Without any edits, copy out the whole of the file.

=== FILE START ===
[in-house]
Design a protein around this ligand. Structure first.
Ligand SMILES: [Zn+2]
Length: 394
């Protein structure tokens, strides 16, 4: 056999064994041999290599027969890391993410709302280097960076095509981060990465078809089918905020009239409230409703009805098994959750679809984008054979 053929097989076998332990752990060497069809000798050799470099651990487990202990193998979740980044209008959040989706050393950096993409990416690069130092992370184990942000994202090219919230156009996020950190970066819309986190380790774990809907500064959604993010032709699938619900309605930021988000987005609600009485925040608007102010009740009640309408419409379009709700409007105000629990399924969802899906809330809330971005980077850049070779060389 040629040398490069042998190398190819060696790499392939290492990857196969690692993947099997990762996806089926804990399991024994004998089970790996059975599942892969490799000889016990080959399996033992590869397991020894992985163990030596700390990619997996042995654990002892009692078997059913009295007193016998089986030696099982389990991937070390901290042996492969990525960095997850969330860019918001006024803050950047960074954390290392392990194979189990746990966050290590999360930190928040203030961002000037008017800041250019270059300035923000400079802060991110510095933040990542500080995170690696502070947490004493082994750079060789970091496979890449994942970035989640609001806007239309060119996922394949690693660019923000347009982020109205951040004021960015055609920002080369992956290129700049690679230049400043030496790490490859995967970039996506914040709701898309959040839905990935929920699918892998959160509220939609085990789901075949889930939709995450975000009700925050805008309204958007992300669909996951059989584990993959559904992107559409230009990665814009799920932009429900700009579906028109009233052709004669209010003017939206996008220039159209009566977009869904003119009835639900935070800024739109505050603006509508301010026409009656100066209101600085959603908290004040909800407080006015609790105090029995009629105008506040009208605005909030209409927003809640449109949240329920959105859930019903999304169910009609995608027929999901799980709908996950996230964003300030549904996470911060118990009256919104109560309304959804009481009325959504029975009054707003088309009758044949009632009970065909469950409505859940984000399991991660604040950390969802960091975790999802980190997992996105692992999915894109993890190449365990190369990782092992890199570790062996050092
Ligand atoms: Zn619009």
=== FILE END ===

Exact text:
[in-house]
Design a protein around this ligand. Structure first.
Ligand SMILES: [Zn+2]
Length: 394
């Protein structure tokens, strides 16, 4: 056999064994041999290599027969890391993410709302280097960076095509981060990465078809089918905020009239409230409703009805098994959750679809984008054979 053929097989076998332990752990060497069809000798050799470099651990487990202990193998979740980044209008959040989706050393950096993409990416690069130092992370184990942000994202090219919230156009996020950190970066819309986190380790774990809907500064959604993010032709699938619900309605930021988000987005609600009485925040608007102010009740009640309408419409379009709700409007105000629990399924969802899906809330809330971005980077850049070779060389 040629040398490069042998190398190819060696790499392939290492990857196969690692993947099997990762996806089926804990399991024994004998089970790996059975599942892969490799000889016990080959399996033992590869397991020894992985163990030596700390990619997996042995654990002892009692078997059913009295007193016998089986030696099982389990991937070390901290042996492969990525960095997850969330860019918001006024803050950047960074954390290392392990194979189990746990966050290590999360930190928040203030961002000037008017800041250019270059300035923000400079802060991110510095933040990542500080995170690696502070947490004493082994750079060789970091496979890449994942970035989640609001806007239309060119996922394949690693660019923000347009982020109205951040004021960015055609920002080369992956290129700049690679230049400043030496790490490859995967970039996506914040709701898309959040839905990935929920699918892998959160509220939609085990789901075949889930939709995450975000009700925050805008309204958007992300669909996951059989584990993959559904992107559409230009990665814009799920932009429900700009579906028109009233052709004669209010003017939206996008220039159209009566977009869904003119009835639900935070800024739109505050603006509508301010026409009656100066209101600085959603908290004040909800407080006015609790105090029995009629105008506040009208605005909030209409927003809640449109949240329920959105859930019903999304169910009609995608027929999901799980709908996950996230964003300030549904996470911060118990009256919104109560309304959804009481009325959504029975009054707003088309009758044949009632009970065909469950409505859940984000399991991660604040950390969802960091975790999802980190997992996105692992999915894109993890190449365990190369990782092992890199570790062996050092
Ligand atoms: Zn619009």